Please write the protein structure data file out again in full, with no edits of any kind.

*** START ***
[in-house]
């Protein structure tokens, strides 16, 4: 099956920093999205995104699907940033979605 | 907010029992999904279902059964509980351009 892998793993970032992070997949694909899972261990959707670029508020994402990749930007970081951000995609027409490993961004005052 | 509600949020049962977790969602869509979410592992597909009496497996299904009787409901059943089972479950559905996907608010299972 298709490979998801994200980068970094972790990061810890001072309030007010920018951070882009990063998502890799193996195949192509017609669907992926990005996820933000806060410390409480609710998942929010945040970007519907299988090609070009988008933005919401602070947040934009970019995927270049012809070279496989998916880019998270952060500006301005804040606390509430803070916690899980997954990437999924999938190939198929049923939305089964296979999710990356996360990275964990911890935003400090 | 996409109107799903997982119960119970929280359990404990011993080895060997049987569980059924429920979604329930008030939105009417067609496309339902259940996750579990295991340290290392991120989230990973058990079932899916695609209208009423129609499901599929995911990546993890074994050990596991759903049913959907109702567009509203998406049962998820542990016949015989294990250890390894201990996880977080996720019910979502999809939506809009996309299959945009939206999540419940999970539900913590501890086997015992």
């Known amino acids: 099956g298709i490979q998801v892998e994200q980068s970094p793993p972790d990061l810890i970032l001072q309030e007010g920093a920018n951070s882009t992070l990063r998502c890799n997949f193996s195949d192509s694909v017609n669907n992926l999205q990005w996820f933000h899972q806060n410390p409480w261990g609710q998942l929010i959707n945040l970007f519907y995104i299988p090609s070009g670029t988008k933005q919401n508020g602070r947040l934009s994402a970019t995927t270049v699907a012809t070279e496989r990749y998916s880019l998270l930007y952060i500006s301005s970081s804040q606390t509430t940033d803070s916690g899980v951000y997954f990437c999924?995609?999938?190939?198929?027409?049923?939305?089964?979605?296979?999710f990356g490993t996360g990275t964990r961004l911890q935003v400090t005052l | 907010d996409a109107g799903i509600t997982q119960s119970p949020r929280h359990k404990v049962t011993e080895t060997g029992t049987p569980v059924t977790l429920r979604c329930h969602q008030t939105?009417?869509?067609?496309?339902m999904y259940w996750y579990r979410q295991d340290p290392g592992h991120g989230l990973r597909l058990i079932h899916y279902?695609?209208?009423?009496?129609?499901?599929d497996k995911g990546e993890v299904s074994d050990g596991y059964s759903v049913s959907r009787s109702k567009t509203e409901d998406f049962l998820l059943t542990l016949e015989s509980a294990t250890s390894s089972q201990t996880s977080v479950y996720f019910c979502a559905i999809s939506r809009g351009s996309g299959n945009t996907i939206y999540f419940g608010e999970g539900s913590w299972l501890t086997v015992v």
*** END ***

[in-house]
């Protein structure tokens, strides 16, 4: 099956920093999205995104699907940033979605 | 907010029992999904279902059964509980351009 892998793993970032992070997949694909899972261990959707670029508020994402990749930007970081951000995609027409490993961004005052 | 509600949020049962977790969602869509979410592992597909009496497996299904009787409901059943089972479950559905996907608010299972 298709490979998801994200980068970094972790990061810890001072309030007010920018951070882009990063998502890799193996195949192509017609669907992926990005996820933000806060410390409480609710998942929010945040970007519907299988090609070009988008933005919401602070947040934009970019995927270049012809070279496989998916880019998270952060500006301005804040606390509430803070916690899980997954990437999924999938190939198929049923939305089964296979999710990356996360990275964990911890935003400090 | 996409109107799903997982119960119970929280359990404990011993080895060997049987569980059924429920979604329930008030939105009417067609496309339902259940996750579990295991340290290392991120989230990973058990079932899916695609209208009423129609499901599929995911990546993890074994050990596991759903049913959907109702567009509203998406049962998820542990016949015989294990250890390894201990996880977080996720019910979502999809939506809009996309299959945009939206999540419940999970539900913590501890086997015992």
């Known amino acids: 099956g298709i490979q998801v892998e994200q980068s970094p793993p972790d990061l810890i970032l001072q309030e007010g920093a920018n951070s882009t992070l990063r998502c890799n997949f193996s195949d192509s694909v017609n669907n992926l999205q990005w996820f933000h899972q806060n410390p409480w261990g609710q998942l929010i959707n945040l970007f519907y995104i299988p090609s070009g670029t988008k933005q919401n508020g602070r947040l934009s994402a970019t995927t270049v699907a012809t070279e496989r990749y998916s880019l998270l930007y952060i500006s301005s970081s804040q606390t509430t940033d803070s916690g899980v951000y997954f990437c999924?995609?999938?190939?198929?027409?049923?939305?089964?979605?296979?999710f990356g490993t996360g990275t964990r961004l911890q935003v400090t005052l | 907010d996409a109107g799903i509600t997982q119960s119970p949020r929280h359990k404990v049962t011993e080895t060997g029992t049987p569980v059924t977790l429920r979604c329930h969602q008030t939105?009417?869509?067609?496309?339902m999904y259940w996750y579990r979410q295991d340290p290392g592992h991120g989230l990973r597909l058990i079932h899916y279902?695609?209208?009423?009496?129609?499901?599929d497996k995911g990546e993890v299904s074994d050990g596991y059964s759903v049913s959907r009787s109702k567009t509203e409901d998406f049962l998820l059943t542990l016949e015989s509980a294990t250890s390894s089972q201990t996880s977080v479950y996720f019910c979502a559905i999809s939506r809009g351009s996309g299959n945009t996907i939206y999540f419940g608010e999970g539900s913590w299972l501890t086997v015992v």